Lost Boys: On a Hidden Fraternity of the Forsaken in the American West

Lost Boys: On a Hidden Fraternity of the Forsaken in the American West

Jim Mangan and Judith Freeman Chronicle Everyday Life in a Disintegrating Community

All images from The Crick, published by Twin Palms Publishers. © Jim Mangan.


The boys arrive slowly, appearing one by one on horseback over the lip of the ravine, plunging down the steep banks with their mounts sliding on their hocks, or in the case of Ephraim arriving in a truck pulling a long stock trailer full of horses including seven mustangs, a pack horse, and a pony. In the morning light, the horses are unloaded, hooves clattering as they emerge, their pale breath hanging on the cold December air. More boys show up, including Trayl who rides in on a yellow horse leading his “zorse,” a cross between a zebra and a horse that he is still training and which he keeps snubbed up close.

Most of the horses the boys own are mustangs, hardy animals taken from the open range and rescued from government holding pens. All the mustangs have been freeze-branded on their necks and the white numbers stand out against their dark winter coats like the script of some long-forgotten language now no longer decipherable. The boys are dressed in attire from another century, buckskin shirts and vests they have stitched and decorated themselves, wearing hats with stained brims pulled low against the bright sun now shining down upon the boisterous scene. A small brown mustang is saddled for me and we set off in bunches of twos and threes down a sandy path along a stream running low this late in the year.


The boys intend to ride down the crick today, the stream that comes out of the mountains to the north and cuts through the small town of Short Creek—or Colorado City, known locally as the Crick—before crossing under the highway where it’s channeled into a wide wash with high sandy banks on either side. It’s late in the year and the water is low and the same red color as the dirt that surrounds it. When it rains the creek rages and sweeps away all in its path and collects detritus from far away washed down into its channel; it is known for flash floods that can erupt so suddenly anyone caught unaware can perish. Deaths from such things are not uncommon in this country. But the boys are not unaware.

They are experienced in all the ways of surviving and navigating this world. They know this slick-rock country, have been raised here in plural families in this town that straddles the Utah-Arizona border, in households with one father and his multiple wives. Some of the boys are related by birth—half-brothers with different mothers and the same father—and some are full brothers or cousins, but whatever their familial connections they have formed a kind of band of brothers and are now bonded irrevocably through their history and their love of horses and of each other, and by their custom of dressing as 19th century explorers, in fringed buckskin shirts and leggings with knives and pistols strapped to their belts and rifle scabbards attached to their saddles, venturing out into the far reaches of this otherworldly landscape where they perform extraordinary feats of horsemanship for their own pleasure and for each other, and in more recent times for the photographer Jim Mangan.

The boys are not unaware. They are experienced in all the ways of surviving and navigating this world.

They have taught Jim how to ride. In the beginning they tested his mettle, putting him on a half-broke mustang and cheering him on when he managed to stay in the saddle as the fractious horse reared and threatened to fall upon him. They call him jimbangin’. He met them when they were still teenagers, some as young as fifteen; the oldest is now twenty-one. He’s taken many pictures of them while riding this creek, especially in the place where it widens out into a broad wash, a favorite place for improvising the kinds of feats the boys enjoy, such as plunging off a sheer bluff on a horse and landing on the steep loose scree or skittering up a hard rock outcropping only to stand atop their saddle when they reach the pinnacle.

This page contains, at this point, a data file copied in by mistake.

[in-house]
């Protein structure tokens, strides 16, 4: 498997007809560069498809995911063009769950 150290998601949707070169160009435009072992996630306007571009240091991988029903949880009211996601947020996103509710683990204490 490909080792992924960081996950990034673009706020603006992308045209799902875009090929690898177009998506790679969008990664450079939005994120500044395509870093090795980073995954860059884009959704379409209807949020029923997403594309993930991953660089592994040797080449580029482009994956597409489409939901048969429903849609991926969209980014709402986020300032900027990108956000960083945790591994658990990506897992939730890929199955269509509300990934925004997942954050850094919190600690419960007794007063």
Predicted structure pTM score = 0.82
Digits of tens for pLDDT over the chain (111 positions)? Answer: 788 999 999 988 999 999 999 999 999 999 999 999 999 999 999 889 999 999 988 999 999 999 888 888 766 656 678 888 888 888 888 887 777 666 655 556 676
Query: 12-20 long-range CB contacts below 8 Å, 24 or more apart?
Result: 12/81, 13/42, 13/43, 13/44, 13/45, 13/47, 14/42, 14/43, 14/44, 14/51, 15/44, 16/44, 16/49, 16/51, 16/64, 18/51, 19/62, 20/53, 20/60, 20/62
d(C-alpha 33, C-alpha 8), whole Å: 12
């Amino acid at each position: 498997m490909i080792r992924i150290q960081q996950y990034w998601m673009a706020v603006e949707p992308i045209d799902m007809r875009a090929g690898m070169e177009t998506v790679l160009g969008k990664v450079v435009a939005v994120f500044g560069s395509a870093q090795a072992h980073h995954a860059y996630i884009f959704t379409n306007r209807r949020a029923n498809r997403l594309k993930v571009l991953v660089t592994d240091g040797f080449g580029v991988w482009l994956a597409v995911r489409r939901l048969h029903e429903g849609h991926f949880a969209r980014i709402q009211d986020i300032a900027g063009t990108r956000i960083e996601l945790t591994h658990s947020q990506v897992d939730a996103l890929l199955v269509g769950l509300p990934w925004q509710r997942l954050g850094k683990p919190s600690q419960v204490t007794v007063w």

They have ridden together during all seasons, Jim and the boys, on trails winding through the desert near Mesquite and in the mountains and the slot canyons in the surrounding red-rock country where the slick sandstone walls offer passages so narrow and so suffused with rubious light it’s like riding through the chambers of a glowing heart. They have ridden into the Canaan Mountains, and the Lost Comanche Trail on Pine Mountain in winter and spent the night in an old abandoned log cabin and the next day cut a path through the deep snow to Big Water Lake and galloped across the frozen ice and then come back to the cabin and lit a fire in the woodstove and sat around a table made from old floor planks where somewhat incongruously the Book of Mormon has been left sitting next to a copy of High Country News and pack of Jack Daniels playing cards. The next day descending the trail they can look across the valley dotted with farms at the looming red mountain known as Kolob, or the seat of God, and below that the snow-covered ridges and broken rock outcroppings stand out white against the slopes of particolored stone upthrust in ragged shelves above the town of Cedar.


The town where the boys were raised—the Crick—was ruled by a prophet whose word they were bound to obey until the prophet was convicted of sexually abusing minors and sent to prison in 2011, receiving a life sentence, and then things slowly began to change though the prophet still demanded obeisance from his prison cell. During his final days, as he became more paranoid, he excommunicated many people for their sins—for watching a movie, or listening to music, wearing a short-sleeved shirt or showing interest in a girl. Before that time, before the fall of the prophet, many of the teenage boys were cast out, as had been the custom for many generations. They were left to fend for themselves to ensure the older men had no competition for the younger girls. These boys were referred to as the lost boys only they were not lost they were forsaken, cast beyond the pale to fend for themselves in a world they did not know.